Their efforts are part of the "Antimicrobial FLEXibal POLymers for its use in hospital environments" (FLEXPOL project), which is funded by the European Commission and supported by 10 partners from five different nations.
Statistics show that more than 500,000 people get infected each year while visiting hospitals. Most of these infections take place in non-sterilized transit areas such as corridors, rooms and toilets.
Given the nature and purposes of hospitals, patients, visitors and staff are always at risk of contracting potentially fatal bacterial infections. The FLEXPOL project intends to counter this threat by developing a pilot line for cost-efficient antimicrobial films.
The adhesive FLEXPOL film will use transparent polypropylene plastic as a base material. The surface of the film will feature a combination of tiny structures and capsules containing essential oil emulsions.
The microstructures and nanostructures are designed to inflict lethal mechanical damage upon the cell membranes of pathogens that touch them. The capsules will complement the mechanical action by releasing essential oils that impair the growth of microbes.
This one-two punch is expected to outright kill several types of pathogens. The FLEXPOL film is also expected to hinder the spread of bacteria across its inhospitable surface by up to 99 percent.
The antimicrobial film is projected to bring strategic benefits to its end users. By protecting the health of patients and medical staff alike, hospitals can reduce the need for chemical detergents and disinfectants, which saves money and reduces the environmental footprint. (Related: Natural antiseptics to fight infections in a SHTF scenario.)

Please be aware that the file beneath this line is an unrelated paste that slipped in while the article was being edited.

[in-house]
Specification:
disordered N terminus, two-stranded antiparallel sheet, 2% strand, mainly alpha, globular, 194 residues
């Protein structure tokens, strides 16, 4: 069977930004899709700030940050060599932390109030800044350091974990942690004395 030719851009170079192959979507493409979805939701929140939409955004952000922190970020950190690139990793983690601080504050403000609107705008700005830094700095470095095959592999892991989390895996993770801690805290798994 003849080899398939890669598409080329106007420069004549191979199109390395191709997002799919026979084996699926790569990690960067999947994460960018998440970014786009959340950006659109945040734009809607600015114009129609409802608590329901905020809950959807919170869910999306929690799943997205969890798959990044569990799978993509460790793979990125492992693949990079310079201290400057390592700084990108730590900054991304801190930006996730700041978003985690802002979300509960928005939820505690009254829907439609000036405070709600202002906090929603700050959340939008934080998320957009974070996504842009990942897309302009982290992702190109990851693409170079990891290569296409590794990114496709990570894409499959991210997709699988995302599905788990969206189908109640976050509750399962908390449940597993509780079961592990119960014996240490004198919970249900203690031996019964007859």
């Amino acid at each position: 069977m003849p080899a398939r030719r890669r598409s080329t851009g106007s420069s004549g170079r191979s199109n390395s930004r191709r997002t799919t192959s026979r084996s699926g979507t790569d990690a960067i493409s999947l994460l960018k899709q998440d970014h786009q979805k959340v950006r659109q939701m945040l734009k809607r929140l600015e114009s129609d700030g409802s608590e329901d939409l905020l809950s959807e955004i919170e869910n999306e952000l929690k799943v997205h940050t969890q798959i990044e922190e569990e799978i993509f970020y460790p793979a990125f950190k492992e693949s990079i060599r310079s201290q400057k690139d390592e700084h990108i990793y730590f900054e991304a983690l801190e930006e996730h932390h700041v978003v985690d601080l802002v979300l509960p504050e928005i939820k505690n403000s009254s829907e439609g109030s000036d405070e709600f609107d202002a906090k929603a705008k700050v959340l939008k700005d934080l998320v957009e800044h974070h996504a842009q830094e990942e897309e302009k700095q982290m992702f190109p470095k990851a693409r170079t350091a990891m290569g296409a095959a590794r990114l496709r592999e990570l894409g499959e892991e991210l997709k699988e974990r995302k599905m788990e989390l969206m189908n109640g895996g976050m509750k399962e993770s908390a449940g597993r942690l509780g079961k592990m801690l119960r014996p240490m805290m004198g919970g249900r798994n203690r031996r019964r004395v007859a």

The University of Alicante (UA) is one of the academic institutions committed to the FLEXPOL project. Its Research Group in Polymer and Nanomaterial Analysis (NANOBIOPOL) works alongside their British, German, Italian, Portuguese and other Spanish counterparts to develop various parts of the FLEXPOL antimicrobial film.
Gathering thyme, oregano and other plants that grew near the university, NANOBIOPOL researchers extracted the appropriate oils and encapsulated them to serve as the film's active bactericidal agents.
“Our main role is to develop the polypropylene film with the antimicrobial essential oils in the laboratory," said UA researcher Alfonso Jiménez. "These oils are extracted from natural plants such as thyme or rosemary, which can be found near Alicante and are integrated in the basic material of the film."
To achieve the greatest reduction in infection rates, FLEXPOL will be applied to both large and small surfaces. The former includes floors and walls, while the latter includes beds, doorknobs and tables that often host large concentrations of bacteria and see common handling by people.
FLEXPOL project partner Donostia University Hospital (DUH) in San Sebastian, Spain will handle practical tests for the antimicrobial film. Testers will grade the product for toughness, effectiveness and resistance to bacterial infection in an actual medical environment. They will also observe how well FLEXPOL meshes with the cleaning and disinfection protocols at DUH.
A successful test will lead to eventual mass-production and deployment of FLEXPOL in hospitals across Europe, with the intention of reducing the number of people who get infected by microbes.
The three-year FLEXPOL project first took off in January 2017. The European Union will be allocating €5.17 million of funding to the medical project.
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